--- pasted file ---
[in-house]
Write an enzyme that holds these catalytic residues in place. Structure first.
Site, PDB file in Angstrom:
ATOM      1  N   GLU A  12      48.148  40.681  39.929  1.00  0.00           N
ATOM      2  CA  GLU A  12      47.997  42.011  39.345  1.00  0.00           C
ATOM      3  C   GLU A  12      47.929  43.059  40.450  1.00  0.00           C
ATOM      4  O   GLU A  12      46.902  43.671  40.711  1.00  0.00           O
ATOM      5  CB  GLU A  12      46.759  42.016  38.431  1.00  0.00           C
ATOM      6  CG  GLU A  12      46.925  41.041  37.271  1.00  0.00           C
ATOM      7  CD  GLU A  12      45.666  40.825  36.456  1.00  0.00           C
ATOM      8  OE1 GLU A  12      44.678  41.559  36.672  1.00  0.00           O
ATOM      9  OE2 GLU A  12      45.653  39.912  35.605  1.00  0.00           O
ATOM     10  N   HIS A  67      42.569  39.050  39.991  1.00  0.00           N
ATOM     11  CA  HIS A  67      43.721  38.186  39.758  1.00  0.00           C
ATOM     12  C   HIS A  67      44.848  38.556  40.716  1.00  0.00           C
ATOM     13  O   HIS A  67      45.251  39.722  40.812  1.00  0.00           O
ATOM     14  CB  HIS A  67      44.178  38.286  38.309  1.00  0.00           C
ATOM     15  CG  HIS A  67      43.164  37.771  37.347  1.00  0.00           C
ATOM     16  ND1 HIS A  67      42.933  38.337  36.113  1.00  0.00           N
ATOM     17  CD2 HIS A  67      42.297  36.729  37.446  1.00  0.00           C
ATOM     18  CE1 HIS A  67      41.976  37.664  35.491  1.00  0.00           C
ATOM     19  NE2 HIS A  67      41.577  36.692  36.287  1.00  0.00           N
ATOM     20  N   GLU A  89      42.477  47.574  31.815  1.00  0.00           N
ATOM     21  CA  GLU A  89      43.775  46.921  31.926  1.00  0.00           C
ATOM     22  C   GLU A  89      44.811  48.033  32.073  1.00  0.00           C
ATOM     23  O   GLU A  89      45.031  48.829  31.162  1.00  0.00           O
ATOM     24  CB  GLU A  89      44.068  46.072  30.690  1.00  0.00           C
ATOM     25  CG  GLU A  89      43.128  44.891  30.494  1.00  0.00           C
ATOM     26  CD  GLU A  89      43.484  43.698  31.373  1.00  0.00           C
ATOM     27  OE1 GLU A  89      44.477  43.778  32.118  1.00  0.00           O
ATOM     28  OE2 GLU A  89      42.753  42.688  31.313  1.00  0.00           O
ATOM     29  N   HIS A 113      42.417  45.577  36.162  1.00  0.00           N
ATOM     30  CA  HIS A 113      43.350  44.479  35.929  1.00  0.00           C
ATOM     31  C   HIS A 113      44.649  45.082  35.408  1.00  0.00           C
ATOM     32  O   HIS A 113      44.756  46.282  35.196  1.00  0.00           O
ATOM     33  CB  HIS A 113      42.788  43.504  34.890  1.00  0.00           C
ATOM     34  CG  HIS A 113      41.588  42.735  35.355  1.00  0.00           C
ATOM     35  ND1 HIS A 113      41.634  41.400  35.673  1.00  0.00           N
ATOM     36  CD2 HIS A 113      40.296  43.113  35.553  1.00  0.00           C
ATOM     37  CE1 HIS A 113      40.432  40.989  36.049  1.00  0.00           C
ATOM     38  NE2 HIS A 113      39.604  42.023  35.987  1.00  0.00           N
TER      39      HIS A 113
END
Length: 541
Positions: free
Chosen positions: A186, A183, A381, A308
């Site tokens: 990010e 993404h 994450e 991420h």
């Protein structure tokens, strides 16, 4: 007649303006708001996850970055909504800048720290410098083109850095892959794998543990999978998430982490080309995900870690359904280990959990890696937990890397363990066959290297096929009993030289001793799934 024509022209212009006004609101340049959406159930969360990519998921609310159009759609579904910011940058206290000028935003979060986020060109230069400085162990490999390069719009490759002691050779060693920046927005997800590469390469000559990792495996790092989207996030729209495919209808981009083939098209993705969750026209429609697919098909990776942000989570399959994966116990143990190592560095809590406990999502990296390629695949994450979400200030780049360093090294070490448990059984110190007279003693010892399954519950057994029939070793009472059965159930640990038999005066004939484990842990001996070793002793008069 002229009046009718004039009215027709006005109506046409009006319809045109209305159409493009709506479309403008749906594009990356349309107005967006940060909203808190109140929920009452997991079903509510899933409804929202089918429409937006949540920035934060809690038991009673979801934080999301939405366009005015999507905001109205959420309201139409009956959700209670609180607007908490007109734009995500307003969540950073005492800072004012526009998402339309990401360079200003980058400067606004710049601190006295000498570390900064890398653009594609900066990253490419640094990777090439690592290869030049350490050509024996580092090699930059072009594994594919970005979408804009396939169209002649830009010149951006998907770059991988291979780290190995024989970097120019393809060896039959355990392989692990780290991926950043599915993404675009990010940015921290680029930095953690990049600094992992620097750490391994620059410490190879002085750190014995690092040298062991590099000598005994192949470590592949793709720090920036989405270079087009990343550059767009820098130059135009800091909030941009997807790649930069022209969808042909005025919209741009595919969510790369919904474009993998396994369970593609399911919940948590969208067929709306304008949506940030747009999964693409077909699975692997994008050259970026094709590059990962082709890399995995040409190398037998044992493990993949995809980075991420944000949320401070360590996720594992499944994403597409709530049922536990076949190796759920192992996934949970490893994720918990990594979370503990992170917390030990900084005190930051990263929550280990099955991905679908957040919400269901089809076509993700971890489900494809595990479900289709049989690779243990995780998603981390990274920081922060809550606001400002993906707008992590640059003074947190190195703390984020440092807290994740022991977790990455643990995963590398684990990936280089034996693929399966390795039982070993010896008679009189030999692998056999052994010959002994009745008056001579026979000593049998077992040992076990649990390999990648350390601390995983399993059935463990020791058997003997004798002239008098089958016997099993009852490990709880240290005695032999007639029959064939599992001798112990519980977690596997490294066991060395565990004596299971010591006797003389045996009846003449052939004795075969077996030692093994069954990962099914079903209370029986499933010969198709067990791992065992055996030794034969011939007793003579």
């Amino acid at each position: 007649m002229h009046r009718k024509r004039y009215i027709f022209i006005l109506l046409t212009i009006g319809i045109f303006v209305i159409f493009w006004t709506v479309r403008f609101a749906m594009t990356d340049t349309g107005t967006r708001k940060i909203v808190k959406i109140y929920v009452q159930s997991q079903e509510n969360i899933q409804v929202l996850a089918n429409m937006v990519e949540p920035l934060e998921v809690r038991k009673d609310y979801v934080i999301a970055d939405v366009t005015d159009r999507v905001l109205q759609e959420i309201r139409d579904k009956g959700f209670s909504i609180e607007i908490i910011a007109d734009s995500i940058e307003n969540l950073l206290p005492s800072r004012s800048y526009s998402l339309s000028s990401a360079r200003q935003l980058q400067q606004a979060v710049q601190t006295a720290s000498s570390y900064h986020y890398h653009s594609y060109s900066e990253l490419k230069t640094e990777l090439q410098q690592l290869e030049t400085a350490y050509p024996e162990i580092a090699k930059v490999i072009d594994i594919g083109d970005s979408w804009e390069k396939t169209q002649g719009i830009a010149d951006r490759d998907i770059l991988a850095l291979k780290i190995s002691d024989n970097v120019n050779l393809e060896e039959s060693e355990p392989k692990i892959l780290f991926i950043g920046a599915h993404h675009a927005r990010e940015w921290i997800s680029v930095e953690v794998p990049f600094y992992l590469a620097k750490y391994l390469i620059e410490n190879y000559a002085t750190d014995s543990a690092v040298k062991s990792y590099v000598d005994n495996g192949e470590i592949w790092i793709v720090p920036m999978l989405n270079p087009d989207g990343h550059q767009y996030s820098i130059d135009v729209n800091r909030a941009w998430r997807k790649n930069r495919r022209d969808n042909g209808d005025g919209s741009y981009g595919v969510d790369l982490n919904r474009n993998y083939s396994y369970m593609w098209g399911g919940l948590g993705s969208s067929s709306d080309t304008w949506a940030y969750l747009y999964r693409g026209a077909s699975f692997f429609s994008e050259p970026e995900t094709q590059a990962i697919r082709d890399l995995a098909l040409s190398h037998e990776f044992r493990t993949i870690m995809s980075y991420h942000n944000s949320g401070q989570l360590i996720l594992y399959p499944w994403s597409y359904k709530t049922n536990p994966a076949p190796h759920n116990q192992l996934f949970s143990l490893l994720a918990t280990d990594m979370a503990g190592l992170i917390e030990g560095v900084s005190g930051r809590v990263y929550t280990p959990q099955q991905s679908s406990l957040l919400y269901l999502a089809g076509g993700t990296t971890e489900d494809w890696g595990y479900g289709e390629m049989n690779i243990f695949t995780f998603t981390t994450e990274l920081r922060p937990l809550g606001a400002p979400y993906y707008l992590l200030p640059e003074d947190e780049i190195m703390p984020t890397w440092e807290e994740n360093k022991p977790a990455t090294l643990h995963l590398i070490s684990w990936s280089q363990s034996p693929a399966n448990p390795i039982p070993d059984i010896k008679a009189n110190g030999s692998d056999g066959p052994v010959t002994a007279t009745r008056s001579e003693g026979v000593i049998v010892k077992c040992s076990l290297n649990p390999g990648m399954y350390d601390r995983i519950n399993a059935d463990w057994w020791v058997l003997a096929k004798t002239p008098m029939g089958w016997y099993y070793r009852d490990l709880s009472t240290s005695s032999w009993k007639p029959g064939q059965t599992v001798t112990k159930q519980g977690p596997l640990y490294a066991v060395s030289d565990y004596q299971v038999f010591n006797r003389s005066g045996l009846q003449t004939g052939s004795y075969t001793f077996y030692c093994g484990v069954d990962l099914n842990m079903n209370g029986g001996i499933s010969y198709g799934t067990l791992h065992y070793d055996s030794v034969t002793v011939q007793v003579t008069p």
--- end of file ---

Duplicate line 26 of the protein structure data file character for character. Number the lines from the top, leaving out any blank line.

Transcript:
ATOM     23  O   GLU A  89      45.031  48.829  31.162  1.00  0.00           O